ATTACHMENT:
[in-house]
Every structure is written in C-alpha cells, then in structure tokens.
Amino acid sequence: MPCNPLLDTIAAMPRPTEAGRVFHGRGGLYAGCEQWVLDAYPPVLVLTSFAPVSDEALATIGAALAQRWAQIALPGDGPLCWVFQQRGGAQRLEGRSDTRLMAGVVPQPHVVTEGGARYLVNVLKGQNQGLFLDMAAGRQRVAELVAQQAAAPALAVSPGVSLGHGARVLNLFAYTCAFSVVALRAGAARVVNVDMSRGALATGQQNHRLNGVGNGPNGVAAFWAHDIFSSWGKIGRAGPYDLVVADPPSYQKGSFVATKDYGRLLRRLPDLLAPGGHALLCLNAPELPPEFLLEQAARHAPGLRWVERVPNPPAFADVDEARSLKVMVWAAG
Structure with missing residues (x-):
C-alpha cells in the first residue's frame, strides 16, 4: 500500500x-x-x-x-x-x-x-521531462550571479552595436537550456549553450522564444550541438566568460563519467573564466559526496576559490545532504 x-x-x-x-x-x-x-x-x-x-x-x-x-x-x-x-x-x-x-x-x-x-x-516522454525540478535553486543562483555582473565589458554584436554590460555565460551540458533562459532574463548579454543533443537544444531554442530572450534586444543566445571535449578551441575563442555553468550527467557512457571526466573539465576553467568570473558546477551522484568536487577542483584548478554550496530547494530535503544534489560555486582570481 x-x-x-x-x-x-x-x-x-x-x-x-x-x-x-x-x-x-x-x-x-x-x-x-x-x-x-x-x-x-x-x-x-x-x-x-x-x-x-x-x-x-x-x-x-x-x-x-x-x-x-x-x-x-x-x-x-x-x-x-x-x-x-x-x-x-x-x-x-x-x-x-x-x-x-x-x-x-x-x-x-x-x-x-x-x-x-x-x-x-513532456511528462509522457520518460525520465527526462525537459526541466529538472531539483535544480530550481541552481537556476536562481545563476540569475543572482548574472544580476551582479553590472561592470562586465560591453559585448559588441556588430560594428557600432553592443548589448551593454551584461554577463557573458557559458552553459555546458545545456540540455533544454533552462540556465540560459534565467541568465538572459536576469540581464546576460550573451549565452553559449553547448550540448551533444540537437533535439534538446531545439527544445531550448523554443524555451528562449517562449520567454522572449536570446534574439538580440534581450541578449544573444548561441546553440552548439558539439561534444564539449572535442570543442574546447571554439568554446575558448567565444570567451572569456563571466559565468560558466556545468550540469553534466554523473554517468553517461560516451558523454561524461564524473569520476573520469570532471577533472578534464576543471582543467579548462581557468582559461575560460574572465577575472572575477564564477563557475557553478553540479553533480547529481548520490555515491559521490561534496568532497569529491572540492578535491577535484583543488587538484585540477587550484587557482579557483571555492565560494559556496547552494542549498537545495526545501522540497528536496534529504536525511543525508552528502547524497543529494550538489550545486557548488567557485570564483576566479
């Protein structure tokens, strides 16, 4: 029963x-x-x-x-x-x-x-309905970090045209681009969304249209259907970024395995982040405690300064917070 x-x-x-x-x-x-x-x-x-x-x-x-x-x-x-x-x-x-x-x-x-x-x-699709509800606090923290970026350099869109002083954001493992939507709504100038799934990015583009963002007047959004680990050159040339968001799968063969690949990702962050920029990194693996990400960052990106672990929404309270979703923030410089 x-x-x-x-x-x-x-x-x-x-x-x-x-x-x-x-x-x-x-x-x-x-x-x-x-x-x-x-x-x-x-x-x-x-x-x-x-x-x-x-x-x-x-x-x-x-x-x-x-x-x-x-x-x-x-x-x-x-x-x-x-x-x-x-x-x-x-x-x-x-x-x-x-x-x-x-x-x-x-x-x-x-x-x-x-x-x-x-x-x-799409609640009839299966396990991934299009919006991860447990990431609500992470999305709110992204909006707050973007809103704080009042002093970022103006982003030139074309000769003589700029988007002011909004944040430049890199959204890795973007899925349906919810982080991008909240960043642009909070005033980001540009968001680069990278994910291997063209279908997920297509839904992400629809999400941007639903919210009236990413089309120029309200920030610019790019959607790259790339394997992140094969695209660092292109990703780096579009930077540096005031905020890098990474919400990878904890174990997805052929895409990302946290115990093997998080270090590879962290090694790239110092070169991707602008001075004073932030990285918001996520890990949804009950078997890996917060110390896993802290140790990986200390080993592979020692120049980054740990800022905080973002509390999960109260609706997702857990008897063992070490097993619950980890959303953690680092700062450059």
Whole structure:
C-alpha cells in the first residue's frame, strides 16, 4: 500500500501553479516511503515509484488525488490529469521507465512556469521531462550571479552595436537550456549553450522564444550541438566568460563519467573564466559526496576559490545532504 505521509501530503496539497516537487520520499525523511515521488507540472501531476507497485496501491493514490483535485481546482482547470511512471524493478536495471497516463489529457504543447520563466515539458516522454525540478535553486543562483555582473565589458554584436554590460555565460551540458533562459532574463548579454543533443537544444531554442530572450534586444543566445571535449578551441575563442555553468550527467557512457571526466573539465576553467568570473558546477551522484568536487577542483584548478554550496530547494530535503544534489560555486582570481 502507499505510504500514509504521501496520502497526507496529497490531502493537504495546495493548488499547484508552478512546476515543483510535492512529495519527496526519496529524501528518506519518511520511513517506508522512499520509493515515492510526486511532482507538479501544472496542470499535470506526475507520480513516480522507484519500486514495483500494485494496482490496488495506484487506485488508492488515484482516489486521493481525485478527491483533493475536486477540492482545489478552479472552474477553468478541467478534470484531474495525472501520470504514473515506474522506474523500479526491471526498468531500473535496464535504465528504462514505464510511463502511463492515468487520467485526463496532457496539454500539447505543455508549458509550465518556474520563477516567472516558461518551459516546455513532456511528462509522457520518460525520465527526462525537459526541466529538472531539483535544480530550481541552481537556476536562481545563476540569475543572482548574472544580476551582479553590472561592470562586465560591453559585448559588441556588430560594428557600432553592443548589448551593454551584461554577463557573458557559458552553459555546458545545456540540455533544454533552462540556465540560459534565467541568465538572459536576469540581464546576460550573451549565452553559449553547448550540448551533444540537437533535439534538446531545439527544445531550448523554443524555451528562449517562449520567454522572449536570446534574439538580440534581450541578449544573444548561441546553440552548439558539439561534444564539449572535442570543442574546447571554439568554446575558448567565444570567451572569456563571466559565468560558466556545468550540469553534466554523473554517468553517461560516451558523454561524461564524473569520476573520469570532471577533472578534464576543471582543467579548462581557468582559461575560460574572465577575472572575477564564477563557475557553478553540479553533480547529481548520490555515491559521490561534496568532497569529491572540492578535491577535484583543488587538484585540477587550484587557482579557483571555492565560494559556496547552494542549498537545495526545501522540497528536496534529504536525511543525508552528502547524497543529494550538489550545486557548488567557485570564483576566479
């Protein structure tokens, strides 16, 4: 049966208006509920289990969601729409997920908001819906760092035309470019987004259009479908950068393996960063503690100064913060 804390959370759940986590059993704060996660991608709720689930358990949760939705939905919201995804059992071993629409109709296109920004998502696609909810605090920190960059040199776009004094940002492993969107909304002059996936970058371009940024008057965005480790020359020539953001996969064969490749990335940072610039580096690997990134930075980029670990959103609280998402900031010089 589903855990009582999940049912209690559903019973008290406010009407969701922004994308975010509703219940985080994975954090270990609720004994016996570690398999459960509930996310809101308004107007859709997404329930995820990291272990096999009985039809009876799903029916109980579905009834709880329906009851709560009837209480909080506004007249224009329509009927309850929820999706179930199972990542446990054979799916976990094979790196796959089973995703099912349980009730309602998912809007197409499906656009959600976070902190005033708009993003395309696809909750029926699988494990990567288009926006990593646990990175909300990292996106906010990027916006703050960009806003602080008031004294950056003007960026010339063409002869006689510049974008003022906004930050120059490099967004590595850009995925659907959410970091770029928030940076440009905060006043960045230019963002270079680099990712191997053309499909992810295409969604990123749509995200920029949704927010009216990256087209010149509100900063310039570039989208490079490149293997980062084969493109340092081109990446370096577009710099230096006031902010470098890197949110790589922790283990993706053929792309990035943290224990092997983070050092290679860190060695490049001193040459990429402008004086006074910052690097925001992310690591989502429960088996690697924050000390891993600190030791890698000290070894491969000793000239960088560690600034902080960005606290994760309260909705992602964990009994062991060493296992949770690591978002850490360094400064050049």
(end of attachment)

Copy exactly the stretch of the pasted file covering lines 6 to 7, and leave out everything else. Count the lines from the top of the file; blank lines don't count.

């Protein structure tokens, strides 16, 4: 029963x-x-x-x-x-x-x-309905970090045209681009969304249209259907970024395995982040405690300064917070 x-x-x-x-x-x-x-x-x-x-x-x-x-x-x-x-x-x-x-x-x-x-x-699709509800606090923290970026350099869109002083954001493992939507709504100038799934990015583009963002007047959004680990050159040339968001799968063969690949990702962050920029990194693996990400960052990106672990929404309270979703923030410089 x-x-x-x-x-x-x-x-x-x-x-x-x-x-x-x-x-x-x-x-x-x-x-x-x-x-x-x-x-x-x-x-x-x-x-x-x-x-x-x-x-x-x-x-x-x-x-x-x-x-x-x-x-x-x-x-x-x-x-x-x-x-x-x-x-x-x-x-x-x-x-x-x-x-x-x-x-x-x-x-x-x-x-x-x-x-x-x-x-x-799409609640009839299966396990991934299009919006991860447990990431609500992470999305709110992204909006707050973007809103704080009042002093970022103006982003030139074309000769003589700029988007002011909004944040430049890199959204890795973007899925349906919810982080991008909240960043642009909070005033980001540009968001680069990278994910291997063209279908997920297509839904992400629809999400941007639903919210009236990413089309120029309200920030610019790019959607790259790339394997992140094969695209660092292109990703780096579009930077540096005031905020890098990474919400990878904890174990997805052929895409990302946290115990093997998080270090590879962290090694790239110092070169991707602008001075004073932030990285918001996520890990949804009950078997890996917060110390896993802290140790990986200390080993592979020692120049980054740990800022905080973002509390999960109260609706997702857990008897063992070490097993619950980890959303953690680092700062450059």
Whole structure: